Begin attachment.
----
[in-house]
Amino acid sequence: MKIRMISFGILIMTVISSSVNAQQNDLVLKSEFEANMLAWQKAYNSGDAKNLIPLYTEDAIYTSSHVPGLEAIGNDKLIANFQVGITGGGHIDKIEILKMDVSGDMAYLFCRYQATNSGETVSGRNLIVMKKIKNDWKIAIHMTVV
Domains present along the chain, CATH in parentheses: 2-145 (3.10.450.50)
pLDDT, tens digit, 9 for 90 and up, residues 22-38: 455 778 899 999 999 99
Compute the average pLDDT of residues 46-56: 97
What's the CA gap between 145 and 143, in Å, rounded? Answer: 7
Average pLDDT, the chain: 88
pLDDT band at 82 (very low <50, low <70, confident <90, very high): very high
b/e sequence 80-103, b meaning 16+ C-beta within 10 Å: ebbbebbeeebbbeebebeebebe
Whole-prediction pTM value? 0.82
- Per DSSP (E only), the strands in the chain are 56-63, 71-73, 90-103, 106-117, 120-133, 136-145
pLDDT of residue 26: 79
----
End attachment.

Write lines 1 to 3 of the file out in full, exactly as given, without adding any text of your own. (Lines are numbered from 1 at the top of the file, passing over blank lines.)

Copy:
[in-house]
Amino acid sequence: MKIRMISFGILIMTVISSSVNAQQNDLVLKSEFEANMLAWQKAYNSGDAKNLIPLYTEDAIYTSSHVPGLEAIGNDKLIANFQVGITGGGHIDKIEILKMDVSGDMAYLFCRYQATNSGETVSGRNLIVMKKIKNDWKIAIHMTVV
Domains present along the chain, CATH in parentheses: 2-145 (3.10.450.50)